Myrna Linao, IP Mandatory Representative in Buhay listed 135 families in the camp, while two others are staying with relatives.

“They know each other. They belong to the same community, Barangay Buhay,” Lina Canedo, Municipal Social Welfare and Development Officer explained.

Ali, who is based in Koronadal City, said he volunteered to be assigned to the predominantly Moro camp and was allowed to, because he speaks the language of the predominantly Moro group and understands their culture and their needs. Ali is a Meranaw, like the predominantly Meranaw bakwits from Buhay. And his family and other relatives in Marawi, he said, were also internally displaced persons (IDPs) during the Marawi Siege in 2017.

Ali has made sure that toilets would be constructed in the camp, starting with four “genderized toilets” – two each (male and female) for the Moro and Lumad communities, and two community kitchens, one each for the Moro and Lumad as the latter may cook pork which is ‘haram’ (forbidden) to the Muslims.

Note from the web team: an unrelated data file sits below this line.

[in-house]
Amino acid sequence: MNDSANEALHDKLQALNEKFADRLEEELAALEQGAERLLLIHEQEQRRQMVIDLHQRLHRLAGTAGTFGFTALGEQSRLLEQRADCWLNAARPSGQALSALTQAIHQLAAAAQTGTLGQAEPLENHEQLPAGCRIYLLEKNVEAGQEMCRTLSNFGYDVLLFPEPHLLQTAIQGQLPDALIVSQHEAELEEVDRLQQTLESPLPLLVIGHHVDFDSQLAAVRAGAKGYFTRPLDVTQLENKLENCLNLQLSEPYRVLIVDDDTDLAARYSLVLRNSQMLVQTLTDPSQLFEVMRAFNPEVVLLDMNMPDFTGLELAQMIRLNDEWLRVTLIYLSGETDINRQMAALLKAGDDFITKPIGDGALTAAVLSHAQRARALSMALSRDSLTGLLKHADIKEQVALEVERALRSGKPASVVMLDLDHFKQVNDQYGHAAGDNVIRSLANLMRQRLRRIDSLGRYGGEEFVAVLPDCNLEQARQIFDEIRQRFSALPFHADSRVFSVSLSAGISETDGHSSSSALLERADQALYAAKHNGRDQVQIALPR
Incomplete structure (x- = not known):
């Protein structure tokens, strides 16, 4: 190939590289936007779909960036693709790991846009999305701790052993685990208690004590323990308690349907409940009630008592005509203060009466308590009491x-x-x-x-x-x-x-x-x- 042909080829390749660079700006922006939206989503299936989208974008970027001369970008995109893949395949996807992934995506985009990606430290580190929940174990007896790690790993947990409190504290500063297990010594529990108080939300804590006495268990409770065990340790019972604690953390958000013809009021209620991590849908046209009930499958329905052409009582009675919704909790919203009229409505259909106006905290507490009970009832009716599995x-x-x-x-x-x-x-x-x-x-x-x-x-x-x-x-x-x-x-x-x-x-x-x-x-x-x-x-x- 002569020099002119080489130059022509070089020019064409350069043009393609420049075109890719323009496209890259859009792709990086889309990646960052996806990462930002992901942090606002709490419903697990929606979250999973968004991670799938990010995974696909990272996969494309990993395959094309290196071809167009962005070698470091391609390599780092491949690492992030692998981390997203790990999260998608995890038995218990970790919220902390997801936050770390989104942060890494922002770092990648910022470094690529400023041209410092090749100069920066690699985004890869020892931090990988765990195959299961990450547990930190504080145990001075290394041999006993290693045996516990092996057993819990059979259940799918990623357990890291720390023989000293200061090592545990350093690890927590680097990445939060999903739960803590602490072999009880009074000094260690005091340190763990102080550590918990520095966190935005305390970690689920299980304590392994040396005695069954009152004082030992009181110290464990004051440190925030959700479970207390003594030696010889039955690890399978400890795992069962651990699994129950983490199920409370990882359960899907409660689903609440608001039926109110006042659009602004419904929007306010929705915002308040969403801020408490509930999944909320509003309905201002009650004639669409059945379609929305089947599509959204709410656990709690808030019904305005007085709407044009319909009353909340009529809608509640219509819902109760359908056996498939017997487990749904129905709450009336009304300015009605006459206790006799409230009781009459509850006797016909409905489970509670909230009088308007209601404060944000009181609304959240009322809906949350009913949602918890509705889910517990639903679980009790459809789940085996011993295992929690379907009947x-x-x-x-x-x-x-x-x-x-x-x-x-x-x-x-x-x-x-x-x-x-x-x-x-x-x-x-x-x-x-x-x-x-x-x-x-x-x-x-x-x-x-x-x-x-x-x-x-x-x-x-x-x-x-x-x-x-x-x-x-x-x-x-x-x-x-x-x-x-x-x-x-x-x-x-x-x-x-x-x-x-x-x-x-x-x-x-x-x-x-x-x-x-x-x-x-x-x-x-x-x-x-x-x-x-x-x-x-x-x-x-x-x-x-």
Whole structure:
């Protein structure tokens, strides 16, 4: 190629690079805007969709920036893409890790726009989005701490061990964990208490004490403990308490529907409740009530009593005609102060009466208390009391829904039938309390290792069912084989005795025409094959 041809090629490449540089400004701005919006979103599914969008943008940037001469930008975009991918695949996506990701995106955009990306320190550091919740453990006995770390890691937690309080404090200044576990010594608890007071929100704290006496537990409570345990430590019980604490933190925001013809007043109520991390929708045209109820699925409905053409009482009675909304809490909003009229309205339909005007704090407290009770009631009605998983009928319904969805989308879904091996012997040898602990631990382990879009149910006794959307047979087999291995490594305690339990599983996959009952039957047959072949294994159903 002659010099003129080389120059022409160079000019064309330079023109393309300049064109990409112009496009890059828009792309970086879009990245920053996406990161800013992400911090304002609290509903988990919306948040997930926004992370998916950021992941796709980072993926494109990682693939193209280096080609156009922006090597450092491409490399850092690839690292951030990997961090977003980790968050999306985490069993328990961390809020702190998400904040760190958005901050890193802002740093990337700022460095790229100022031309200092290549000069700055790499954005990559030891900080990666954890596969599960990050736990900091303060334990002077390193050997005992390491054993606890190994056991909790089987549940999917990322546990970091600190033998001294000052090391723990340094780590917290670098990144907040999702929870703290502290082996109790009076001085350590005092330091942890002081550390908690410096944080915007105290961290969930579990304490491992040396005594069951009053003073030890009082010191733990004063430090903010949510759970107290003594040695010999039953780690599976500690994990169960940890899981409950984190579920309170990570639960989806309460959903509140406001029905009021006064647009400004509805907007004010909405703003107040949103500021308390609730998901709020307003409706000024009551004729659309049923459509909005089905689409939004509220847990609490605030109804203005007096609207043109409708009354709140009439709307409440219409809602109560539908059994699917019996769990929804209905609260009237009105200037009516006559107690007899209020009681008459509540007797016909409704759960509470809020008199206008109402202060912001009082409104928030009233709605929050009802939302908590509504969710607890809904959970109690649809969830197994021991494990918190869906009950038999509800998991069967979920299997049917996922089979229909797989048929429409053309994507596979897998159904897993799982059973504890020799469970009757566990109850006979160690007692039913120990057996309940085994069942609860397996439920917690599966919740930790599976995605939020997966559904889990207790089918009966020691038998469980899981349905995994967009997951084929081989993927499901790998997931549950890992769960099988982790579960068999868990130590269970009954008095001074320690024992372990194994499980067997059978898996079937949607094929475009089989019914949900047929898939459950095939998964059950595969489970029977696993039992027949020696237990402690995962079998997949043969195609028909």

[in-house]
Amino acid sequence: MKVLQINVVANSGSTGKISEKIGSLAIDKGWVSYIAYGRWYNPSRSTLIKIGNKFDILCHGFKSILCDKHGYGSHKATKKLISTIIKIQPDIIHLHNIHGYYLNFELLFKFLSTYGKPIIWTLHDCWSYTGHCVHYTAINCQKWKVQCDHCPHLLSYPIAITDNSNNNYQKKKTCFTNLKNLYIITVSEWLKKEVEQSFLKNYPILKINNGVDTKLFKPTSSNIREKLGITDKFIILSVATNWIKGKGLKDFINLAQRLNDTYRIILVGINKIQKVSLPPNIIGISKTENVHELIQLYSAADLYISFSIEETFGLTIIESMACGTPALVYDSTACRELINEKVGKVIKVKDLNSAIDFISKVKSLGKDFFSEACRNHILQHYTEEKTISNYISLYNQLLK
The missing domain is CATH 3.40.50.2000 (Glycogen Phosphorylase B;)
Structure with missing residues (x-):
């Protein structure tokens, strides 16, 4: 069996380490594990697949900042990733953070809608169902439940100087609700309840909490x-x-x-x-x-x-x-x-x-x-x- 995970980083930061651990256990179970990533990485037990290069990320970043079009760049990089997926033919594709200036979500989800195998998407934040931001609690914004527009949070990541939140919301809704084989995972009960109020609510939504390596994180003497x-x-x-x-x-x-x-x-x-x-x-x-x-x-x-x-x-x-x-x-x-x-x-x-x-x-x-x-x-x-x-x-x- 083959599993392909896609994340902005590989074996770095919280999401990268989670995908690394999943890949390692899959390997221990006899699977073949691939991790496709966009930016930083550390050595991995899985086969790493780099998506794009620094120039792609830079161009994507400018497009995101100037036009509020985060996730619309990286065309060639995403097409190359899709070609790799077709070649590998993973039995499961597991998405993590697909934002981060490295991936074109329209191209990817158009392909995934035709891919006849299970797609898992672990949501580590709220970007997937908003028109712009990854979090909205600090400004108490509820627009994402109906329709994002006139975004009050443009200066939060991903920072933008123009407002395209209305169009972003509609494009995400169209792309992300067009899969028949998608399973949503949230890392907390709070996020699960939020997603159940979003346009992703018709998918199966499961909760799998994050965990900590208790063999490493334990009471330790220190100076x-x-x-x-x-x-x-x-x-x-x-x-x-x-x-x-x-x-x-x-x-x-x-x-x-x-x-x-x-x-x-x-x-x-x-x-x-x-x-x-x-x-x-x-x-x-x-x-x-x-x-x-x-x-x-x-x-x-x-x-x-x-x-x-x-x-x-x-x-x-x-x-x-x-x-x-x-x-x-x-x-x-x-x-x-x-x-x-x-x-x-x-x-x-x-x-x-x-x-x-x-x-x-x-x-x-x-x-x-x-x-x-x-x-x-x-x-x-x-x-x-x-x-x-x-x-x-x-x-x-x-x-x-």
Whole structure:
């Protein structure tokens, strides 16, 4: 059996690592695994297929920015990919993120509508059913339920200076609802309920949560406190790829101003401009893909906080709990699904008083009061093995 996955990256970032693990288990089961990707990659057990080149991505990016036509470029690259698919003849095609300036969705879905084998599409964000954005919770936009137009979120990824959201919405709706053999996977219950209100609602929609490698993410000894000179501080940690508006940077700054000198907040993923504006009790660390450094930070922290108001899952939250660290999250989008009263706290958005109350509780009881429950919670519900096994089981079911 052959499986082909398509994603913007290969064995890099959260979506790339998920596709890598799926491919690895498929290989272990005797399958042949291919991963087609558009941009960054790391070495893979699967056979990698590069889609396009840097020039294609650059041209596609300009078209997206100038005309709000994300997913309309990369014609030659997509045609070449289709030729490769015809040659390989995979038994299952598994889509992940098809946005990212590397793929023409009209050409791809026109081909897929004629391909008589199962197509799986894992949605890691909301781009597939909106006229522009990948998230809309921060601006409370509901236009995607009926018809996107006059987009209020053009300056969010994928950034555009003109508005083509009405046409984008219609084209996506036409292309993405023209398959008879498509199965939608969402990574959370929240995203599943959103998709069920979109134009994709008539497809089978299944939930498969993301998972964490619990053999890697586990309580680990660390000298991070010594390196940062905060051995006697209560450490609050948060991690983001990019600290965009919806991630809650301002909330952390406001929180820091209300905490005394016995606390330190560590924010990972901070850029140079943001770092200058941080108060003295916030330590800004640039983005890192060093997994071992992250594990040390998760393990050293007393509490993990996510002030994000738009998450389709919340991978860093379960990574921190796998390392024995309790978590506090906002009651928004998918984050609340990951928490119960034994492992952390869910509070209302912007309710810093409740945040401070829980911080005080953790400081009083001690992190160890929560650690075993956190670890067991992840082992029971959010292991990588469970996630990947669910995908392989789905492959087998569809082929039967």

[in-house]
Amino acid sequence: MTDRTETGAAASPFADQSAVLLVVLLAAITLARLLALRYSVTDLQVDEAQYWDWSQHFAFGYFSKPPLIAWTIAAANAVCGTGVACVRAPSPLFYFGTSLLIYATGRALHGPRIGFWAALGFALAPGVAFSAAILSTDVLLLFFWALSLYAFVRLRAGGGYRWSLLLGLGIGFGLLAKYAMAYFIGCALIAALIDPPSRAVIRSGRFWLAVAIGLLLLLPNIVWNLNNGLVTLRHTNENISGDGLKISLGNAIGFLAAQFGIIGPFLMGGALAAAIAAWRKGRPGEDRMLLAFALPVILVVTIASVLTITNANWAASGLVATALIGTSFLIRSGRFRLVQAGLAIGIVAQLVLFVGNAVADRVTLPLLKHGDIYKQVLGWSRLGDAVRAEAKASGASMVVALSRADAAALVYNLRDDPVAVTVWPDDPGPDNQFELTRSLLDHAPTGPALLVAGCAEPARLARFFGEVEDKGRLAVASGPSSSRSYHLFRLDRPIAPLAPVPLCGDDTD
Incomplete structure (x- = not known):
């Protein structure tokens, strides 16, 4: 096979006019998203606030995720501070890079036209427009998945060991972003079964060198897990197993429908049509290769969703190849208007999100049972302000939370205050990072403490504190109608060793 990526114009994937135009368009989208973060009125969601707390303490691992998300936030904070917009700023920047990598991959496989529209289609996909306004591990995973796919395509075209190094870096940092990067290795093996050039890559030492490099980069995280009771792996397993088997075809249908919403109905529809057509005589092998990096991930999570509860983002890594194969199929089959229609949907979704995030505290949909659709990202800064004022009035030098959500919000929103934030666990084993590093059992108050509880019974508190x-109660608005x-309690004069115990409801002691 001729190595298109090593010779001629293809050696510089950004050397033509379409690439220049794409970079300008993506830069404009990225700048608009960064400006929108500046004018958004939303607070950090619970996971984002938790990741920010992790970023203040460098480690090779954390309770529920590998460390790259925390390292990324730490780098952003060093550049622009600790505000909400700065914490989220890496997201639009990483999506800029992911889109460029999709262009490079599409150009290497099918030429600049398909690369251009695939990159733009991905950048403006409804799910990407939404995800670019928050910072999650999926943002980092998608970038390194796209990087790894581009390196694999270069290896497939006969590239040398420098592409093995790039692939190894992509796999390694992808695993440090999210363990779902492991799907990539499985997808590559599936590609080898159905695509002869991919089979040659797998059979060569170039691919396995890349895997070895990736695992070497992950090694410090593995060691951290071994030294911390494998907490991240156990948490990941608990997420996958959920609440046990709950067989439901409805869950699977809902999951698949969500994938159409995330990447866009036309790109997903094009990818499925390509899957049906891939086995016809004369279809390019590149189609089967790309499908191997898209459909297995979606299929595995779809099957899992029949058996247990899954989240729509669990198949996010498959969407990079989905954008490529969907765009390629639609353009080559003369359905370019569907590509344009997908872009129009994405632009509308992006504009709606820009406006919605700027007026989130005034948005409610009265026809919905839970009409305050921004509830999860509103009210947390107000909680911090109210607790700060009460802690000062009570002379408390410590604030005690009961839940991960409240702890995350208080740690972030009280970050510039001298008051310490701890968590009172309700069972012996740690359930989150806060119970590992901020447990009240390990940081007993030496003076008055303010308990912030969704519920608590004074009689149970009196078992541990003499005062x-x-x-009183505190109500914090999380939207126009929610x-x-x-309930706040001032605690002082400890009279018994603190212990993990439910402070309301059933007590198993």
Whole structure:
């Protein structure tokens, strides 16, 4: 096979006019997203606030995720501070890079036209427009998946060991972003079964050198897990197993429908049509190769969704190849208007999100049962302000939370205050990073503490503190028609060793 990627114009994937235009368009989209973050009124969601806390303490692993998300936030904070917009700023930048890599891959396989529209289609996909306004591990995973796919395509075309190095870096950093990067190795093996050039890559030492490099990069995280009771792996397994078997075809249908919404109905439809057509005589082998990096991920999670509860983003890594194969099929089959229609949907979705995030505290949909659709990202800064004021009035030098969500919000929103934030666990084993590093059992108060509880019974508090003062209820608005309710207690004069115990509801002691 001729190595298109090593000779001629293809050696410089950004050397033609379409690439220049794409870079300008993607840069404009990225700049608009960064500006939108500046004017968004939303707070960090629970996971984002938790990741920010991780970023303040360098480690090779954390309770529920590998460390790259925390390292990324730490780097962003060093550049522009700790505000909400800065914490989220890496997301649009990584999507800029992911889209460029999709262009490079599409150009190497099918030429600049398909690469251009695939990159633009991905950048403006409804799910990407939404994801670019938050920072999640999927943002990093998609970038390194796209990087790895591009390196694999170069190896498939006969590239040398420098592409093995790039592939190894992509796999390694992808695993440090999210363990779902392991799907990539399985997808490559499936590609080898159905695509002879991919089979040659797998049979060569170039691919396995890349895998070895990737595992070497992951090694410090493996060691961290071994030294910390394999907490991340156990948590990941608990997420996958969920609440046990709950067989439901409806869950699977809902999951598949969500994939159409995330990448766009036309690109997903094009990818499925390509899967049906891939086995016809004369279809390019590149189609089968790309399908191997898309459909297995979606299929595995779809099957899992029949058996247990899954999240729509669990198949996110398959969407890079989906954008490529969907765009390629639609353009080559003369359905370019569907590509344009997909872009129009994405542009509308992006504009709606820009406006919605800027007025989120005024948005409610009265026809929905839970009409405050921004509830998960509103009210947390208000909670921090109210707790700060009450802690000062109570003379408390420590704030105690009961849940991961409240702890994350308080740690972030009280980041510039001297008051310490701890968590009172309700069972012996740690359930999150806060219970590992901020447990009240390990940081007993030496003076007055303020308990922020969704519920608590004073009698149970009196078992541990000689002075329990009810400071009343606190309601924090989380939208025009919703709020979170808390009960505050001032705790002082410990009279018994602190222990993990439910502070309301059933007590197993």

He has also made sure that a makeshift prayer room be constructed and was quite worried that it was Friday, a time for the Muslims’ congregational prayers at noon.

Youth volunteers from Digos City in Davao del Sur give free porridge to child evacuees at the Makilala Institute of Technology on Friday (8 November 2019). The same group of volunteers also did the same during typhoons Pablo and Yolanda. MindaNews photo by GG BUENO

Ali acknowledged that some food packs for the evacuees that contain canned goods and noodles, ended up in the hands of Moro families. He said this is the reason why donors must coordinate with the local government so they know that in this area, there are Moro families.